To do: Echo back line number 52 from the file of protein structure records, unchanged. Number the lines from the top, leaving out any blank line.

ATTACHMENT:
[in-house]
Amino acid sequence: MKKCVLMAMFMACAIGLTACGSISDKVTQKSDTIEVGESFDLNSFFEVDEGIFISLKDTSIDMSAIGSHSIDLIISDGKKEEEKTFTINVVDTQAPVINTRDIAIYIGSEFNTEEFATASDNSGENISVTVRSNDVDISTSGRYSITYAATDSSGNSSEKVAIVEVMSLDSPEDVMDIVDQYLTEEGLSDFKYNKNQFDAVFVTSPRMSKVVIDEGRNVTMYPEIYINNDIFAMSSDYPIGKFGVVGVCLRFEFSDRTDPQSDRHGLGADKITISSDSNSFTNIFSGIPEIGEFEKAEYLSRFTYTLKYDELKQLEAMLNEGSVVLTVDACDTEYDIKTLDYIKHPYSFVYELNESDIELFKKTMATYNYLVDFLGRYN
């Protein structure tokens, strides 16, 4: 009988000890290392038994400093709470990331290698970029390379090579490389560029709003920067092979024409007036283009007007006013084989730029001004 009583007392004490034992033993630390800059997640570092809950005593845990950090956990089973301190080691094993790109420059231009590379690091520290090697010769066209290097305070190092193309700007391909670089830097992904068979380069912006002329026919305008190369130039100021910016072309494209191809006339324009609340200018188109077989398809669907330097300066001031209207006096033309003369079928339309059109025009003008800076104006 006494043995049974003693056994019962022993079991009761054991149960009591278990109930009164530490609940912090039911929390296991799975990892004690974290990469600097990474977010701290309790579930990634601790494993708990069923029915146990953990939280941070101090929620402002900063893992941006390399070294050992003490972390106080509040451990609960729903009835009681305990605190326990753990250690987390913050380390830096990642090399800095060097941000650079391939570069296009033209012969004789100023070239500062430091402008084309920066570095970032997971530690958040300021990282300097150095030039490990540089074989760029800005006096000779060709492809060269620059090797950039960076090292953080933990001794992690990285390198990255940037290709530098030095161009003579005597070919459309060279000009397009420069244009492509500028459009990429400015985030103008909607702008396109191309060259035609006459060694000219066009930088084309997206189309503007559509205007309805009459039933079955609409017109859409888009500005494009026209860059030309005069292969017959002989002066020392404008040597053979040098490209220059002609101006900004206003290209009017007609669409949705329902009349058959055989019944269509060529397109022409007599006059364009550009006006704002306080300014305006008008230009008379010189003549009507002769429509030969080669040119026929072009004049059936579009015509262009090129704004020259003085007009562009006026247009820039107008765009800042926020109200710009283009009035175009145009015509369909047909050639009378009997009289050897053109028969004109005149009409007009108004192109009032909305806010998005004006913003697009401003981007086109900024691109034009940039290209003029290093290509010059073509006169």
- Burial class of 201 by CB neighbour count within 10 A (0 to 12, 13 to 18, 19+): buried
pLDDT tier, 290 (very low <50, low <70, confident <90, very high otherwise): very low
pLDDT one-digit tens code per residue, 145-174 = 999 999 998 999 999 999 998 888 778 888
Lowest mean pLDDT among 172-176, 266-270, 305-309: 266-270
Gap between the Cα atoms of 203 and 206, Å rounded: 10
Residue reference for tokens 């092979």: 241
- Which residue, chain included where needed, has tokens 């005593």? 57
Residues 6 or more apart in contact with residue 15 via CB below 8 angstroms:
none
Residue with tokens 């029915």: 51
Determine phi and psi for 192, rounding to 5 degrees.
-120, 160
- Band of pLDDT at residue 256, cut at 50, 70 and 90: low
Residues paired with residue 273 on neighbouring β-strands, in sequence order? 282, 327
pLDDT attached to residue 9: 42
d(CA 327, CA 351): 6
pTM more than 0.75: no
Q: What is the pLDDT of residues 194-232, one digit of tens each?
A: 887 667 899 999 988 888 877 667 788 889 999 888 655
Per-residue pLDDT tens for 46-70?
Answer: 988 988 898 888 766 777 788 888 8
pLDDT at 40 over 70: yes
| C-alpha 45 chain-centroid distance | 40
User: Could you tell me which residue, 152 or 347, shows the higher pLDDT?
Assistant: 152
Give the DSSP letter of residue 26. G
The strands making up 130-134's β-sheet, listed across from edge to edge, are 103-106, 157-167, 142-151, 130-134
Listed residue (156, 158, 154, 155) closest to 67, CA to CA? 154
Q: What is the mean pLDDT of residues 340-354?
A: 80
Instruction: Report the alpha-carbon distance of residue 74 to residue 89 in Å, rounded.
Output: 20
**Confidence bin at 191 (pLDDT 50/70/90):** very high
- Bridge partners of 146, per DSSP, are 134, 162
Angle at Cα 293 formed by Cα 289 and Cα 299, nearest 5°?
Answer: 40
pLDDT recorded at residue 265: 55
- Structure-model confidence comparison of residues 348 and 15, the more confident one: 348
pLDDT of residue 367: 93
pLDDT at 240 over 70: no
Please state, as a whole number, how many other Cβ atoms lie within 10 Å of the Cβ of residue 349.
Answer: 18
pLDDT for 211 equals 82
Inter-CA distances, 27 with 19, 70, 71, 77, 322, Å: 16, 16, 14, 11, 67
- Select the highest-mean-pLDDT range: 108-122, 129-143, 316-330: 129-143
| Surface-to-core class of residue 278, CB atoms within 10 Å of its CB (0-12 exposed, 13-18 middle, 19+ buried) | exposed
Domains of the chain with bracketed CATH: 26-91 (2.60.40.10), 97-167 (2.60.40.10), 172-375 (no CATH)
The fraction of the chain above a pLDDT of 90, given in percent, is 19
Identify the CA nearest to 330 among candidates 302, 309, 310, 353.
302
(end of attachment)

Identify the CA nearest to 330 among candidates 302, 309, 310, 353.